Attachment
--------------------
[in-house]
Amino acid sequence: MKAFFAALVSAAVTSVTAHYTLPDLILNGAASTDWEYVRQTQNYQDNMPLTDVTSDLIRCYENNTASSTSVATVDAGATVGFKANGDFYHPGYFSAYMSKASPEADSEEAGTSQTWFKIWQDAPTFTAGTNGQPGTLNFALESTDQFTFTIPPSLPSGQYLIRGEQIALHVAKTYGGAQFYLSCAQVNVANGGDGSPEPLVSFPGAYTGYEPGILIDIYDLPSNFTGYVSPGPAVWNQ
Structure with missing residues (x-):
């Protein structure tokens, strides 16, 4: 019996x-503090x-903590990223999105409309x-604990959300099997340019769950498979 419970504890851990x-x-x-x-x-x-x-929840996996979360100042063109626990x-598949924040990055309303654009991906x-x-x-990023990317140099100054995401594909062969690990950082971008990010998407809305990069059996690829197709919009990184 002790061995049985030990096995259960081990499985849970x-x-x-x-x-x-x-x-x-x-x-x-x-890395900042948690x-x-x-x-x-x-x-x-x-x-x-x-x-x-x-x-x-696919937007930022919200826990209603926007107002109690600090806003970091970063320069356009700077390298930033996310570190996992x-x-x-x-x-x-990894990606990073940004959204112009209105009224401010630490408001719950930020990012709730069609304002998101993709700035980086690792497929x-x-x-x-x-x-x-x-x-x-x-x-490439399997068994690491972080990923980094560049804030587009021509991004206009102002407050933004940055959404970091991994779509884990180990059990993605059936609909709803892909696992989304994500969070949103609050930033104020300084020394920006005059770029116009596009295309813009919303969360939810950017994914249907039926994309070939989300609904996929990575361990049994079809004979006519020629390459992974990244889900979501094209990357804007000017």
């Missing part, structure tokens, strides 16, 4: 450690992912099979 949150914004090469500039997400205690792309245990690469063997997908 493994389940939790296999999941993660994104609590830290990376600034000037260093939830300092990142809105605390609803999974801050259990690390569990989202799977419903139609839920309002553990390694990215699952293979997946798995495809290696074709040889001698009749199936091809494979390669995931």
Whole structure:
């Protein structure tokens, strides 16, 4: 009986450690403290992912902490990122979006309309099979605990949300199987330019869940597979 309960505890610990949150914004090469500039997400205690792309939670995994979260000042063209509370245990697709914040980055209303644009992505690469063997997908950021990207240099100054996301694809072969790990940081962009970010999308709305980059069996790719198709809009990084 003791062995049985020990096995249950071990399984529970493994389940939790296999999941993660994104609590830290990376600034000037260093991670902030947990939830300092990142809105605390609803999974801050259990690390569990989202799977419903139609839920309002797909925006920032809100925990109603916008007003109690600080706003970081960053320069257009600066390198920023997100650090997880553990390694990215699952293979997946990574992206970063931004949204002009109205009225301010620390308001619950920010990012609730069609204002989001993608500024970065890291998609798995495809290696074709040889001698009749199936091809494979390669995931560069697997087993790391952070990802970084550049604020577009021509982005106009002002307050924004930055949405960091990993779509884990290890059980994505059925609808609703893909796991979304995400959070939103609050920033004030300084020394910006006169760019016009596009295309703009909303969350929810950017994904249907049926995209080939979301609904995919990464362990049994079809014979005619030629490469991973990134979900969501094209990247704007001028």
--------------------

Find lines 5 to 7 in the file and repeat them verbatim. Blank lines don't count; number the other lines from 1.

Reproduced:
């Missing part, structure tokens, strides 16, 4: 450690992912099979 949150914004090469500039997400205690792309245990690469063997997908 493994389940939790296999999941993660994104609590830290990376600034000037260093939830300092990142809105605390609803999974801050259990690390569990989202799977419903139609839920309002553990390694990215699952293979997946798995495809290696074709040889001698009749199936091809494979390669995931």
Whole structure:
């Protein structure tokens, strides 16, 4: 009986450690403290992912902490990122979006309309099979605990949300199987330019869940597979 309960505890610990949150914004090469500039997400205690792309939670995994979260000042063209509370245990697709914040980055209303644009992505690469063997997908950021990207240099100054996301694809072969790990940081962009970010999308709305980059069996790719198709809009990084 003791062995049985020990096995249950071990399984529970493994389940939790296999999941993660994104609590830290990376600034000037260093991670902030947990939830300092990142809105605390609803999974801050259990690390569990989202799977419903139609839920309002797909925006920032809100925990109603916008007003109690600080706003970081960053320069257009600066390198920023997100650090997880553990390694990215699952293979997946990574992206970063931004949204002009109205009225301010620390308001619950920010990012609730069609204002989001993608500024970065890291998609798995495809290696074709040889001698009749199936091809494979390669995931560069697997087993790391952070990802970084550049604020577009021509982005106009002002307050924004930055949405960091990993779509884990290890059980994505059925609808609703893909796991979304995400959070939103609050920033004030300084020394910006006169760019016009596009295309703009909303969350929810950017994904249907049926995209080939979301609904995919990464362990049994079809014979005619030629490469991973990134979900969501094209990247704007001028």